In Memoriam - Bonneau Dickson
Bonneau Harris Dickson
March 4, 1908 – July 13, 2007
Blessed are the dead who die in the Lord, says the Spirit.
They rest from their labors, and their works follow them. rev. 14:13
After a full and victorious life, Bonneau Dickson has returned to his heavenly home. He died “in his hundredth year,” as he liked to say, on July 13 at the Presbyterian Village Rehabilitation Center in Austell, GA, from complications following a broken hip.
The descendant of many generations of Presbyterians from Northern Ireland, Scotland, England, France, and this country, he was born in Pickens, SC, a town named for his ancestor General Andrew Pickens, who fought in the War for Independence.
The seventh child of William Patrick and Louanna Norris Dickson, Bonneau was reared in Seneca, SC. Orphaned in childhood due to the death of his father in a railroad accident and his mother from complications of diabetes, he was taken in by relatives. In spite of extraordinary hardship and being nearly penniless, he graduated in 1929 from Presbyterian College, in Clinton, SC, where he worked for his meals in the college dining hall.
In 1933, he graduated from Columbia Theological Seminary and was the recipient of the Wilds Book Prize, awarded to the student ranked highest academically in the graduating class. He was ordained that same year as a Presbyterian minister by the Presbytery of Charleston, SC, and began his ministry at the New Wappetaw Presbyterian Church in McClellanville, SC. There he met and married, on July 23, 1935, Elizabeth Legare Beckman, his distant cousin through French Huguenot ancestors.
From 1935-1942, he served as Chapels Minister of the Independent Presbyterian Church of Savannah, GA. In the early days of America’s entry into WW II he came to Atlanta, GA, where he served as the pastor of Rock Spring Presbyterian Church for 14 years. Between the manse and the church on Piedmont Road, he planted a Victory Garden during the war and raised a flock of chickens.
He was awarded a Doctor of Divinity degree by Presbyterian College in 1956. He served as Executive Secretary of Church Extension for the Presbytery of Greater Atlanta from 1956-1960 and subsequently as Executive Secretary of that presbytery until his retirement in 1973. His prime responsibility was the creation of new churches of the presbytery, which grew during his service to have one of the highest number of members in the world.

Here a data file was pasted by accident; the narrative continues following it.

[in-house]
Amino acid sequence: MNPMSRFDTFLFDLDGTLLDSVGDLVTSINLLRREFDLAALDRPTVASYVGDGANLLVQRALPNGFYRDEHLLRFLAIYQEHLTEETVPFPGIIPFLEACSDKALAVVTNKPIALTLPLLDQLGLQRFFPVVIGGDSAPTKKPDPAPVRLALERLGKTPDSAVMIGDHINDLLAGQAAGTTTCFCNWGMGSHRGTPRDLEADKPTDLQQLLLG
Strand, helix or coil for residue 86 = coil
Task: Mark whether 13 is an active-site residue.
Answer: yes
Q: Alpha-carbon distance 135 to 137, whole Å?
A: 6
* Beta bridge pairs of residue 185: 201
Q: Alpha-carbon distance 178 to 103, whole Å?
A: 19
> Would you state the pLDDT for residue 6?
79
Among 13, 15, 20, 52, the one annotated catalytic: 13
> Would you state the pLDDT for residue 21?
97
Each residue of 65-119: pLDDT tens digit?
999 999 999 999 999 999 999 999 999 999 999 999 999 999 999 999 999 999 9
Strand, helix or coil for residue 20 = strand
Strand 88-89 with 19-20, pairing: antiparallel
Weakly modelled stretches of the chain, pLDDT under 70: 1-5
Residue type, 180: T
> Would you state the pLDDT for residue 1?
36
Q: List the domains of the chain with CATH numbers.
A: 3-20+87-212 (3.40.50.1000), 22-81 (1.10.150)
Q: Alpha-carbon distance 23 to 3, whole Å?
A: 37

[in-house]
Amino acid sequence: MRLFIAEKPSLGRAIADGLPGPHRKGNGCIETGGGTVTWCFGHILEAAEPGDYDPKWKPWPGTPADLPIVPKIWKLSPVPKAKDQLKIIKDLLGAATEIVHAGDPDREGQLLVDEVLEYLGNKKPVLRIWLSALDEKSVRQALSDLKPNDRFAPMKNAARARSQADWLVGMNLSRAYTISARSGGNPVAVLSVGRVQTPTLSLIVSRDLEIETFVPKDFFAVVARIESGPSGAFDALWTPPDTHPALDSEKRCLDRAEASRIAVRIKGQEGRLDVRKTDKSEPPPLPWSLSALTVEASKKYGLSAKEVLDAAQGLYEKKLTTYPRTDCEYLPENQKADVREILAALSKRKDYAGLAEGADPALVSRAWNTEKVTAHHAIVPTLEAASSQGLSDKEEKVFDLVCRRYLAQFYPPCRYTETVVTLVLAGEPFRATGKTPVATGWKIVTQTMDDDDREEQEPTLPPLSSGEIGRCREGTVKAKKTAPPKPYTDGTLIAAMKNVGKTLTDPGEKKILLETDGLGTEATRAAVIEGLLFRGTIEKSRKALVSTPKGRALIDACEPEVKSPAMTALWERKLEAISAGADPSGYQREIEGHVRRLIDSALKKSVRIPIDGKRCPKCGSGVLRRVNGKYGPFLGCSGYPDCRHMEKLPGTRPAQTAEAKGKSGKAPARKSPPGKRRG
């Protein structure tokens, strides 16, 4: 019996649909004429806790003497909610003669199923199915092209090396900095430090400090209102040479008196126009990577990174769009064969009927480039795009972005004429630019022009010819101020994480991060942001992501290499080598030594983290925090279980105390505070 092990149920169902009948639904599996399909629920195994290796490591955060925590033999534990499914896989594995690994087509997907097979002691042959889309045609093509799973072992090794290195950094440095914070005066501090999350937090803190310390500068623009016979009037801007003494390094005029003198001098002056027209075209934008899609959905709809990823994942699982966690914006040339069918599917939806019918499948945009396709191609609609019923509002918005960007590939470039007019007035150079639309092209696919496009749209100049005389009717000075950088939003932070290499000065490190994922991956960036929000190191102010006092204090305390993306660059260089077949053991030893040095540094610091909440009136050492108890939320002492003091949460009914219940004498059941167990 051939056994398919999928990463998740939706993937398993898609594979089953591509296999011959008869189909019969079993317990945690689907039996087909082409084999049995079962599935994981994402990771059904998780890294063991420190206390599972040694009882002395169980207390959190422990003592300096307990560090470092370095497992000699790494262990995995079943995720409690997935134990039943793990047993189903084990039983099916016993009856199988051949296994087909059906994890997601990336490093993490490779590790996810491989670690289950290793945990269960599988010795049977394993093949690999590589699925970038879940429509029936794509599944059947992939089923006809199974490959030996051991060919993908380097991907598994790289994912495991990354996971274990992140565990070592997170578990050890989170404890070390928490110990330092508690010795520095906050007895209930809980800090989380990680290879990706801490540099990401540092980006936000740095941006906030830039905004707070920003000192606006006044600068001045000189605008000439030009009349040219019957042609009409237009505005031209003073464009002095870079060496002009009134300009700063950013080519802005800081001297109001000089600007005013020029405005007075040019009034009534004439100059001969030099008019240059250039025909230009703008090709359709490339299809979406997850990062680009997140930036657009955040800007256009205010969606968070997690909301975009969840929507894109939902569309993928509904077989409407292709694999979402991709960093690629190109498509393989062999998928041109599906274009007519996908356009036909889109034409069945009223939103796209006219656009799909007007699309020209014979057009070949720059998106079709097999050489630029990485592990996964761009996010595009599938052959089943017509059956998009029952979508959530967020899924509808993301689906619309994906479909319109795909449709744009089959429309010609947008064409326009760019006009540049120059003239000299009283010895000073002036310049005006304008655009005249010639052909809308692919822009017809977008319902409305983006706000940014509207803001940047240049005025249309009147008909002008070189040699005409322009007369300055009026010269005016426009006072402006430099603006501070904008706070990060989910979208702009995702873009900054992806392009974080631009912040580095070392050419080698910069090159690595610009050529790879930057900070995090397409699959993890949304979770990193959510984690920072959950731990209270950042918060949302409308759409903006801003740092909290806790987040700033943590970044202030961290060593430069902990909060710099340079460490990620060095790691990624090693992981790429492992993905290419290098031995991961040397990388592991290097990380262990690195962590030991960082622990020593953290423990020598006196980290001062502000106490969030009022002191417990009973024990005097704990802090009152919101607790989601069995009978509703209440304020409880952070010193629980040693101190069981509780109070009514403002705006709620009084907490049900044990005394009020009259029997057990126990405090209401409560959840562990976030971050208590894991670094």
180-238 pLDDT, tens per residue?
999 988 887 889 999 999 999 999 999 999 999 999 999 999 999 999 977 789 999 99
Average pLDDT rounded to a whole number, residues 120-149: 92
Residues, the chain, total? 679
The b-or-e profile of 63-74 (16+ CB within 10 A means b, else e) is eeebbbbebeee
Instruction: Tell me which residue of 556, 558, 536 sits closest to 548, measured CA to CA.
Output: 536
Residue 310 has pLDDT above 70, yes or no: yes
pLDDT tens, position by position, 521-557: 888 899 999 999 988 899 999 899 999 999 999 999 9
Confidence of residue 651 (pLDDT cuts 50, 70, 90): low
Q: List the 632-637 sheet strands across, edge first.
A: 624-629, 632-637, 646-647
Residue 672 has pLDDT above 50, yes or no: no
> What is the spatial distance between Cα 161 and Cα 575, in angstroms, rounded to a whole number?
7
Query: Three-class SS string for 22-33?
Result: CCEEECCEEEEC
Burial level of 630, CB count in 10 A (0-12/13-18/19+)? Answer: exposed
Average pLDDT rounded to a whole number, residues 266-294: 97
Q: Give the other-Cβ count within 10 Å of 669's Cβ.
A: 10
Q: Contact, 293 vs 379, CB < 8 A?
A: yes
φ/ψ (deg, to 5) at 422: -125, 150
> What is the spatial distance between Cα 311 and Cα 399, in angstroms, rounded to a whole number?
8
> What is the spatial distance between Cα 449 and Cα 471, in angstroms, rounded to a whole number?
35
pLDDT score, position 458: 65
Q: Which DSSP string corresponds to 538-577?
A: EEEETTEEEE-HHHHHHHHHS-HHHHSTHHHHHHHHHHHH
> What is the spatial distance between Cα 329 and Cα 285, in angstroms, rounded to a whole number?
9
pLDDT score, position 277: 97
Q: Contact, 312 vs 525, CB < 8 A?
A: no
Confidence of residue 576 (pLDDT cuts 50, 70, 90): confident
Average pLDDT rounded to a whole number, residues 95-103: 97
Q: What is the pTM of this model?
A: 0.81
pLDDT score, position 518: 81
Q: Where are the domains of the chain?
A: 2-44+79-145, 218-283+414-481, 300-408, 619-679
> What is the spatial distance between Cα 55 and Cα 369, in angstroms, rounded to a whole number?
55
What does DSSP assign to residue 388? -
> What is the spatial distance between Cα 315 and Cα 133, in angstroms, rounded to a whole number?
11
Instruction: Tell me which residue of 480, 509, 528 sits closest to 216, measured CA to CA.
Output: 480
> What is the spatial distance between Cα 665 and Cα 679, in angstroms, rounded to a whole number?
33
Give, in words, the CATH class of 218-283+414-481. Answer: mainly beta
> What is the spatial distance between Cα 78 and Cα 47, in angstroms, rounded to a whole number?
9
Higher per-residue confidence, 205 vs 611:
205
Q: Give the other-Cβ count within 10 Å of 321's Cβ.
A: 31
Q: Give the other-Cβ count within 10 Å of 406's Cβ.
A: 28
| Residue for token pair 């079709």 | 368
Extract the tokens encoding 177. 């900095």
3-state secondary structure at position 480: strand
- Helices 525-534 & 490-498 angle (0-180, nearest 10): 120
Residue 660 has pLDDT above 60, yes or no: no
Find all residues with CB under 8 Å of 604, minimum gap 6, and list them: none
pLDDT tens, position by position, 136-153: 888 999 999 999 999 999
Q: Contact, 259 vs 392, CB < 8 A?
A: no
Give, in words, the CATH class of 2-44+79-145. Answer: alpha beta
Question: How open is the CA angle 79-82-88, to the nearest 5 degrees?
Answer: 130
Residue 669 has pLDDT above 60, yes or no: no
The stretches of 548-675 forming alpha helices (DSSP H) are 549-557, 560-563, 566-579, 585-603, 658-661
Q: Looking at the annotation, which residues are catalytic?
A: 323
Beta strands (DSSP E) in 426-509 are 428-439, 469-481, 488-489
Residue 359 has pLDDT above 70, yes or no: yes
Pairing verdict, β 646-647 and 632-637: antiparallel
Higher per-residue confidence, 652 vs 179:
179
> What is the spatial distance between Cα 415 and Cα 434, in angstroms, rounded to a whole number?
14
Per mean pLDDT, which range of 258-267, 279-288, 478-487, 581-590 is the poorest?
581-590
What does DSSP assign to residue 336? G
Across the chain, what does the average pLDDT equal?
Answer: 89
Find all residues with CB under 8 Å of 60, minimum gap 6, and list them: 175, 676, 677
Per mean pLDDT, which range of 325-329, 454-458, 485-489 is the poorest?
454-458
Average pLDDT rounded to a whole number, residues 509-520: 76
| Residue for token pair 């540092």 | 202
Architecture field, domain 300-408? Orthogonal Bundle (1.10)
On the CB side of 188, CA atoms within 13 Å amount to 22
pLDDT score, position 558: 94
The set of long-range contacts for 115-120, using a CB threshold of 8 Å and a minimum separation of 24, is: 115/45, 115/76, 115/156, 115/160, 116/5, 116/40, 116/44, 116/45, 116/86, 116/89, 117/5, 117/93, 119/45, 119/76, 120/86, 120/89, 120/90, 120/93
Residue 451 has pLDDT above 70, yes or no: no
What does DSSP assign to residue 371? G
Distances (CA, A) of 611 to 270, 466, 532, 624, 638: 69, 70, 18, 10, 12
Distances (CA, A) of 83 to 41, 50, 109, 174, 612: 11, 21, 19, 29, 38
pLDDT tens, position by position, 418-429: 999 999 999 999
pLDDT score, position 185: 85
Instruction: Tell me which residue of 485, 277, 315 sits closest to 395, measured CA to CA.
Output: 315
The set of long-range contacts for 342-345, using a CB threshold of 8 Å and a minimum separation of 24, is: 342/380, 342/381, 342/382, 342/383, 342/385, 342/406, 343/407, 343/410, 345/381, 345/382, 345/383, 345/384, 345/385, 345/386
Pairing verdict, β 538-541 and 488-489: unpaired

Bonneau’s “retirement” in 1973 ushered in an exceptional extension of his ministry. During the first eight years, he was engaged in a succession of fruitful interim pastorates, serving congregations in Georgia, Alabama, and South Carolina.
In1981 he joined Columbia’s Development/Public Relations Office. That proved to be a fulfilling late-life vocation for him. Fellow workers became an extended family for him. He cherished the office space, the “Field Representative” title, and his place on the seminary’s Founders list. He was honored with the Alumni/ae Distinguished Service Award in 1992.
Bonneau was a keen gardener.
He loved camellias and served as president of the Camellia Society in Atlanta as well as the Buckhead Men’s Garden Club. He cultivated, air-layered, rooted, and grafted camellias and gave away thousands of them over the course of his involvement with this avocation. He is said to have worried that he was better known for his camellias than his preaching.
After suffering from Alzheimer’s disease for almost 20 years, Bettie Dickson died in 1998. Bonneau cared for her devotedly later in their home until the last few months of her life, a remarkable testimony and example of a Christian marriage.
He is survived by his and Bettie’s three sons: Bonneau H. Dickson, Jr., of Berkeley, CA; William Patrick Dickson, East Lansing, MI; and Sam G. Dickson, Atlanta, GA; and by four grandchildren: Andrew Peterson Dickson, Joshua Peterson Dickson, Elissa Peterson Dickson, and Franzeska Dickson
Bonneau Dickson’s life and ministry were celebrated in a memorial service at Rock Spring Presbyterian Church on July 21. The Rev. Walter Cook ’60 of McClellanville, SC, presided, assisted by the Rev. Deborah Wells ’91.
Memorial gifts may be made to the Bettie and Bonneau Dickson Scholarship Fund at Columbia Theological Seminary.
Information in this tribute is from Bonneau Dickson himself, from his sons, from friends, and from a tribute by Kay Powell published in the July 19, 2007, edition of the Atlanta Journal-Constitution.